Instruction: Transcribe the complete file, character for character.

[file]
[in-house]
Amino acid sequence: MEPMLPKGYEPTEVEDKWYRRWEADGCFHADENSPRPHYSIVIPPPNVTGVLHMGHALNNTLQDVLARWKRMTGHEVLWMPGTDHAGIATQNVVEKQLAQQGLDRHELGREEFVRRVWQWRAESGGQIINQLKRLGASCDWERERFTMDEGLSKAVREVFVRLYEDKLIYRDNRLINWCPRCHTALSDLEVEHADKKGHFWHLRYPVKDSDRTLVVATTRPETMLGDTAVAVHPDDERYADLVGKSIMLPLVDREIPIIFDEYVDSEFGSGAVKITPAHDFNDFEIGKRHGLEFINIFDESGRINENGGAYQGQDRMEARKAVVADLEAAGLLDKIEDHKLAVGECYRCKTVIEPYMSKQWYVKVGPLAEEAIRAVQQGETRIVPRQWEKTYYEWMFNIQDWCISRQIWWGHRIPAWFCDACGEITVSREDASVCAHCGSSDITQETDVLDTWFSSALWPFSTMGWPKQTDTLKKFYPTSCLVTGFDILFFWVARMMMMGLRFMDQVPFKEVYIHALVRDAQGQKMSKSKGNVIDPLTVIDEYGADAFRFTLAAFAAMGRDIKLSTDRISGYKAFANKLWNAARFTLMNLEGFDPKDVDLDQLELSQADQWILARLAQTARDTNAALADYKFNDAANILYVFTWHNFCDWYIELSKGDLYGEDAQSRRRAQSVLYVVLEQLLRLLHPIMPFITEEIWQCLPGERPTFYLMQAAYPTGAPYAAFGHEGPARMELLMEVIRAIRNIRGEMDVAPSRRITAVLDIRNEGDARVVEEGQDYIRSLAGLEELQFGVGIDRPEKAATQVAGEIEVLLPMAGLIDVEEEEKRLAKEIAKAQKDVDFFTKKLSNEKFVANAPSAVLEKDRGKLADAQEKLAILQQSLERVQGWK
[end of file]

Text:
[in-house]
Amino acid sequence: MEPMLPKGYEPTEVEDKWYRRWEADGCFHADENSPRPHYSIVIPPPNVTGVLHMGHALNNTLQDVLARWKRMTGHEVLWMPGTDHAGIATQNVVEKQLAQQGLDRHELGREEFVRRVWQWRAESGGQIINQLKRLGASCDWERERFTMDEGLSKAVREVFVRLYEDKLIYRDNRLINWCPRCHTALSDLEVEHADKKGHFWHLRYPVKDSDRTLVVATTRPETMLGDTAVAVHPDDERYADLVGKSIMLPLVDREIPIIFDEYVDSEFGSGAVKITPAHDFNDFEIGKRHGLEFINIFDESGRINENGGAYQGQDRMEARKAVVADLEAAGLLDKIEDHKLAVGECYRCKTVIEPYMSKQWYVKVGPLAEEAIRAVQQGETRIVPRQWEKTYYEWMFNIQDWCISRQIWWGHRIPAWFCDACGEITVSREDASVCAHCGSSDITQETDVLDTWFSSALWPFSTMGWPKQTDTLKKFYPTSCLVTGFDILFFWVARMMMMGLRFMDQVPFKEVYIHALVRDAQGQKMSKSKGNVIDPLTVIDEYGADAFRFTLAAFAAMGRDIKLSTDRISGYKAFANKLWNAARFTLMNLEGFDPKDVDLDQLELSQADQWILARLAQTARDTNAALADYKFNDAANILYVFTWHNFCDWYIELSKGDLYGEDAQSRRRAQSVLYVVLEQLLRLLHPIMPFITEEIWQCLPGERPTFYLMQAAYPTGAPYAAFGHEGPARMELLMEVIRAIRNIRGEMDVAPSRRITAVLDIRNEGDARVVEEGQDYIRSLAGLEELQFGVGIDRPEKAATQVAGEIEVLLPMAGLIDVEEEEKRLAKEIAKAQKDVDFFTKKLSNEKFVANAPSAVLEKDRGKLADAQEKLAILQQSLERVQGWK